President Obama's top housing official said Wednesday that lenders may resume foreclosures while allegations of rampant processing errors are investigated. U.S. Housing and Urban Development Secretary Shaun Donovan said the administration will pursue allegations of fraud that prompted the nation's biggest banks this month to temporarily halt foreclosures. While Vermont has experienced fewer problems than other states, caseworkers in Sen. Bernie Sanders' office have fielded more than 100 "horror stories" from homeowners facing eviction. Sanders supports creating a federal agency to curb abusive lending practices. The Senate in June passed an amendment to create the Office of the Homeowner Advocate, but the underlying bill has been blocked by Republican filibusters. Sanders hopes the legislation will pass when Congress reconvenes in November.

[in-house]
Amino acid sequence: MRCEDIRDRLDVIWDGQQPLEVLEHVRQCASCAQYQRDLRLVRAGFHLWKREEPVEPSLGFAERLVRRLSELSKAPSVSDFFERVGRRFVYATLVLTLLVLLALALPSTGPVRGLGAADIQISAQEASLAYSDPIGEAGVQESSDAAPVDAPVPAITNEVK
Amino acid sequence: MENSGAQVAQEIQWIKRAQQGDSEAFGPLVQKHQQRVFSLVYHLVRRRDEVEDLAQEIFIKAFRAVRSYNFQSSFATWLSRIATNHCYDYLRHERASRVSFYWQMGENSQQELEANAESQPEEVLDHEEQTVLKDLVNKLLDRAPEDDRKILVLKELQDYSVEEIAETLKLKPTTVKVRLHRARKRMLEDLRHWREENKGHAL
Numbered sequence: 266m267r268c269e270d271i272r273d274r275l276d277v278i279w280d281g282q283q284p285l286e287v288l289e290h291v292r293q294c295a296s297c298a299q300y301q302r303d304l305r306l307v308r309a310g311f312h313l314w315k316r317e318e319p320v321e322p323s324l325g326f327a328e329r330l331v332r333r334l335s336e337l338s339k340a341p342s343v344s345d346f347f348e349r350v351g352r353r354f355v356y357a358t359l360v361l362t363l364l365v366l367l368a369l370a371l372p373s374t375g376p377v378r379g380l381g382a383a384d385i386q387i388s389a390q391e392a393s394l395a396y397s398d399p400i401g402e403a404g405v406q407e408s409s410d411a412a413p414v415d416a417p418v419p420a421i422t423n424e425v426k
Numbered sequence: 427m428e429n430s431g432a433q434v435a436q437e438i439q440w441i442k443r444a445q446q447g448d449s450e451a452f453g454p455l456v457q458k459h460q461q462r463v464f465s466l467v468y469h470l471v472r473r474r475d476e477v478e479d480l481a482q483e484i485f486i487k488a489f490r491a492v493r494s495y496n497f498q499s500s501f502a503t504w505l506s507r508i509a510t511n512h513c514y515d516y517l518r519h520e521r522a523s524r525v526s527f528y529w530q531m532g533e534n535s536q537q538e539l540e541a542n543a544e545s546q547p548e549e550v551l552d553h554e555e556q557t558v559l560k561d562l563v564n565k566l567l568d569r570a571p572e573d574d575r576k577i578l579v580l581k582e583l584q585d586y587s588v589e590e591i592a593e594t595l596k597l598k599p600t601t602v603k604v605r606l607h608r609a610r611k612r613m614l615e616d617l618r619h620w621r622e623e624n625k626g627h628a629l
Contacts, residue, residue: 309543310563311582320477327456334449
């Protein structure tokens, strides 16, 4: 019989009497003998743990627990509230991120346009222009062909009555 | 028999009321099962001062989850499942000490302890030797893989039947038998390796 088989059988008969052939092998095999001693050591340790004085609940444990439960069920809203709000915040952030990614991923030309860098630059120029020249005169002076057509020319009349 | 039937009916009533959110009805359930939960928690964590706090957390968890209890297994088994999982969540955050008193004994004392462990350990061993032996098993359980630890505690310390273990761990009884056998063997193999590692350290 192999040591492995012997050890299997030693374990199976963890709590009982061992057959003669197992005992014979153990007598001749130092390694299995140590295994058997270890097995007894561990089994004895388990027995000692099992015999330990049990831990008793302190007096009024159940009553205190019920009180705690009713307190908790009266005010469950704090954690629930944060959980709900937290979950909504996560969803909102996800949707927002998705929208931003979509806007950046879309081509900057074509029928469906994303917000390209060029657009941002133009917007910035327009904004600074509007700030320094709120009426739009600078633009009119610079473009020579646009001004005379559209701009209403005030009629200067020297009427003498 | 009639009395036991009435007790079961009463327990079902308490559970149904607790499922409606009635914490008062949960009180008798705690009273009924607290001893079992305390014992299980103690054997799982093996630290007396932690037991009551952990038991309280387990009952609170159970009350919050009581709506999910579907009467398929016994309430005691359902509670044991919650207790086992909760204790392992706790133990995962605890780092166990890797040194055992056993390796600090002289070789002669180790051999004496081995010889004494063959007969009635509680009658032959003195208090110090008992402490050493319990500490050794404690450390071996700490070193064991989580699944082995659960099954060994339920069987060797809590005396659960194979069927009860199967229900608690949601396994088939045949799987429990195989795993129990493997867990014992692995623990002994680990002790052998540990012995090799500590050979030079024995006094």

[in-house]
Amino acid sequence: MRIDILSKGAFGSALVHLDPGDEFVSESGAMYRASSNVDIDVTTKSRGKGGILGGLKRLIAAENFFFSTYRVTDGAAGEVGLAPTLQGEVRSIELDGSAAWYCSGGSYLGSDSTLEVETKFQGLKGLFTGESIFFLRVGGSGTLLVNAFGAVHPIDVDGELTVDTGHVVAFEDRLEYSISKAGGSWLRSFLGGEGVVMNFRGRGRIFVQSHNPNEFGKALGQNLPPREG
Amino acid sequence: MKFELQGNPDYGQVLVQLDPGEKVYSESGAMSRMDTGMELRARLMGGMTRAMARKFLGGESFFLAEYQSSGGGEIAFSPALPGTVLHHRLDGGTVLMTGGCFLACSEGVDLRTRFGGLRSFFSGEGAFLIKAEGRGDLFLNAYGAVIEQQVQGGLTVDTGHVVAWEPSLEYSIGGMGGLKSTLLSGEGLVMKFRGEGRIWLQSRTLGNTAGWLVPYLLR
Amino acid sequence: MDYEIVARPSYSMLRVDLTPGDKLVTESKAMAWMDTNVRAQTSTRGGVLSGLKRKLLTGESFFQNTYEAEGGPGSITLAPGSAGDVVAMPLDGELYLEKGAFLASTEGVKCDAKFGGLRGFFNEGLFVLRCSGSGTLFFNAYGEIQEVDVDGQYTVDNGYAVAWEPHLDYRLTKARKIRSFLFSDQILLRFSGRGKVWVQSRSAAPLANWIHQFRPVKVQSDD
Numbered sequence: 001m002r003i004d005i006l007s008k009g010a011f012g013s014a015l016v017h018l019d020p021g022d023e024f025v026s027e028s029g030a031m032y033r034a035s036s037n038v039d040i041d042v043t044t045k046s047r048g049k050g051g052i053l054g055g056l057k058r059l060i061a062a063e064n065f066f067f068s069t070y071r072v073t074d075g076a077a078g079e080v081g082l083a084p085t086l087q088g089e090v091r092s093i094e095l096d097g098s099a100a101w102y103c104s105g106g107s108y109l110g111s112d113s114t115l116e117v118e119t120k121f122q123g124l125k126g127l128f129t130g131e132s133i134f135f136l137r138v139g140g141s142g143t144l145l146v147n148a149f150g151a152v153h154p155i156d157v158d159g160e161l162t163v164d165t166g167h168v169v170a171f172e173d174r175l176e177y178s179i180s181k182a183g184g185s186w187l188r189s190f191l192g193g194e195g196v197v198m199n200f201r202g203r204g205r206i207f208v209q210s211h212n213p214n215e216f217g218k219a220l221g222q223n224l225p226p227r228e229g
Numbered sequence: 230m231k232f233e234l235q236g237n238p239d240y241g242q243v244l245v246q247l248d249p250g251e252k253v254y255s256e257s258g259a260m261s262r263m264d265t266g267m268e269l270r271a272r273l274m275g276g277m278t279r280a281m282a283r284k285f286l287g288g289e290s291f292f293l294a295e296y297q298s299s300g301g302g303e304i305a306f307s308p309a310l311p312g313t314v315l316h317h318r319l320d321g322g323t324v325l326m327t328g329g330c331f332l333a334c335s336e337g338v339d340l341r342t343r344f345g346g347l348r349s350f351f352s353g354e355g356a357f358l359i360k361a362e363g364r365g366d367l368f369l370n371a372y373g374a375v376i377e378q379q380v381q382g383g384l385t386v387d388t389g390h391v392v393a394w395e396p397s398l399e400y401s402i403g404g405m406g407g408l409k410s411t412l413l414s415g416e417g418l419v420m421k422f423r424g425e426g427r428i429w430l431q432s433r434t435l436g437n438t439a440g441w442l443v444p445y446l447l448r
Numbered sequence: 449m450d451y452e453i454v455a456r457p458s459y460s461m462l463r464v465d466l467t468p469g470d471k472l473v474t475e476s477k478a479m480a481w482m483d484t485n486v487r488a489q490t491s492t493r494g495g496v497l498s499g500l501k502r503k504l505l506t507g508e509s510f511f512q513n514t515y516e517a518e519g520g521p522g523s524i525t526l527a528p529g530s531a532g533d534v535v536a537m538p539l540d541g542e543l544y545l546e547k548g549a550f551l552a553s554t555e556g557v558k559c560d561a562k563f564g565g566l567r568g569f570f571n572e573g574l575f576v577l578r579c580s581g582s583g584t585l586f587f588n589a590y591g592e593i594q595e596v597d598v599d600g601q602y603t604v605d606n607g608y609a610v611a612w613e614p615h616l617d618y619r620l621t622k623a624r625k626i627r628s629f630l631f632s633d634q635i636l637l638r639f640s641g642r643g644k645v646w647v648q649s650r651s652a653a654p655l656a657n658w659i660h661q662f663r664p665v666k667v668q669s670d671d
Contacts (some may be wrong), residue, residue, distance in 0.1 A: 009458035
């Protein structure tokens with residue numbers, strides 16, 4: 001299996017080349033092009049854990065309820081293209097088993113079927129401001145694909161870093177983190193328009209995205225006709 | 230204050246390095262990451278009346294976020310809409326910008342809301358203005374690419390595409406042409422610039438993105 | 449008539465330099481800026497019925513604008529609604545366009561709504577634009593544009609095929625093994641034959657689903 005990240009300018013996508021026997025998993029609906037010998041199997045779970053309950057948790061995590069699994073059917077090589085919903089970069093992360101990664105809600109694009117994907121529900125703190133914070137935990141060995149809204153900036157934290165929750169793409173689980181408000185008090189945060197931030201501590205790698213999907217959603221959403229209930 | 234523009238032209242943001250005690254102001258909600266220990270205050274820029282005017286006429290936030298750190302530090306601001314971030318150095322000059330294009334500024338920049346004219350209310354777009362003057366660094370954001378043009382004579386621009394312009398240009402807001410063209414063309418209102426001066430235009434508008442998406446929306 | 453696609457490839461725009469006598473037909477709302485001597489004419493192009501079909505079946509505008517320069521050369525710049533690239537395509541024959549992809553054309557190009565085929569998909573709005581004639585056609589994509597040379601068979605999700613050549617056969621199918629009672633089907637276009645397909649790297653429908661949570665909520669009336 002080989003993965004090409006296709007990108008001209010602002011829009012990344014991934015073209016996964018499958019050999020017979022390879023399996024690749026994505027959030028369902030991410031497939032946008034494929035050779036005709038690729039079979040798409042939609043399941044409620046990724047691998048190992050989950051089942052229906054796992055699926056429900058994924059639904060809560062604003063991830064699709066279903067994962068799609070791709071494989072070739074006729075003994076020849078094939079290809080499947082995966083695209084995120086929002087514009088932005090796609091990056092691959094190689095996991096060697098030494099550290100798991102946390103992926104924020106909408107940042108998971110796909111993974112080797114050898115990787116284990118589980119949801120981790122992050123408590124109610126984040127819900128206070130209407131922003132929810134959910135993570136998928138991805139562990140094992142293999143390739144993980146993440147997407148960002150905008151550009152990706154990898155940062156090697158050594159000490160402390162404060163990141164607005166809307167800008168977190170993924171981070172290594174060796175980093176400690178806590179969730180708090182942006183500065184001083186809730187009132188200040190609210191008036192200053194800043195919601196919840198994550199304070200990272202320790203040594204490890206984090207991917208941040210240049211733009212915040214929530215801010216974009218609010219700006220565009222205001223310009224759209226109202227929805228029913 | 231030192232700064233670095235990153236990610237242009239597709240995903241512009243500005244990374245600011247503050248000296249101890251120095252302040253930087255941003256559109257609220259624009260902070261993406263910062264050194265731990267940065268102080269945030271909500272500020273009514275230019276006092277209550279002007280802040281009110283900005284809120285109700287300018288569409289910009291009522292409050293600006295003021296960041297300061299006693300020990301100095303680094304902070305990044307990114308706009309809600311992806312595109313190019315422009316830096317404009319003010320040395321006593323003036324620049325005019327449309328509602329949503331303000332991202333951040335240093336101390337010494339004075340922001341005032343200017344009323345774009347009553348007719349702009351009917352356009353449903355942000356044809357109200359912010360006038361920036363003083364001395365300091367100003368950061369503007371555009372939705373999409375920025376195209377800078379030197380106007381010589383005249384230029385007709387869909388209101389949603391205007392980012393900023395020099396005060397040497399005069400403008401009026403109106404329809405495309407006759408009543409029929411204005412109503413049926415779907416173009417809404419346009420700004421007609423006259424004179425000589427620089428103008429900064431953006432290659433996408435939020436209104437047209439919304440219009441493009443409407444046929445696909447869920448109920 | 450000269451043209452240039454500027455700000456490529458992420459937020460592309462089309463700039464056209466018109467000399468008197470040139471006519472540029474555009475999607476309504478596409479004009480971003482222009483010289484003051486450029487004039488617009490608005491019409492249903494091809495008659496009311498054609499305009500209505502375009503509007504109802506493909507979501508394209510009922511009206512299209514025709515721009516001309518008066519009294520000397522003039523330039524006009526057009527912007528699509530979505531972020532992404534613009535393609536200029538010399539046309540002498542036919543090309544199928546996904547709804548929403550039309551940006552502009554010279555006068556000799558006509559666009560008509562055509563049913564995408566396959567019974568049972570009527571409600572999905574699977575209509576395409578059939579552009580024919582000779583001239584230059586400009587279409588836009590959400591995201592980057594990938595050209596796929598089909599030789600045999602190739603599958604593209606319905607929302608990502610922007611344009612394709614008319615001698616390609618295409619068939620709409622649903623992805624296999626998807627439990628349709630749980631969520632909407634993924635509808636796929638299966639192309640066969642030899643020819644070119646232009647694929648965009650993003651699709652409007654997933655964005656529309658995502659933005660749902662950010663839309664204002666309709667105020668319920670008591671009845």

Vermont participants in an administration initiative to let qualified homeowners renegotiate loans told Seven Days' Ken Picard the program has been a disaster. The article cited constituents who contacted Sanders' office to report lenders giving out false or contradictory information, losing paperwork, or rejecting legitimate alternatives to foreclosure. "While the scale of the problem in Vermont may not be as large as in other states, the experiences of individual Vermonters are, unfortunately, often the same. Many Vermont families who are struggling to keep up with their mortgages payments are being treated unfairly by the big banks and other lenders who are holding those mortgages," Sanders said.
"While I appreciate the efforts of the Obama administration to address the foreclosure crisis, the Home Affordable Modification Program simply has not provided the relief needed by many families. That is why I strongly support the creation of an Office of the Homeowner Advocate to help struggling families who have been wrongly denied assistance, or who have had difficulties navigating the extremely stressful system of avoiding foreclosure. The Office of the Homeowner Advocate will not only give Vermonters a strong voice in the process, but it will identify ways to make the HAMP program work better," Sanders said.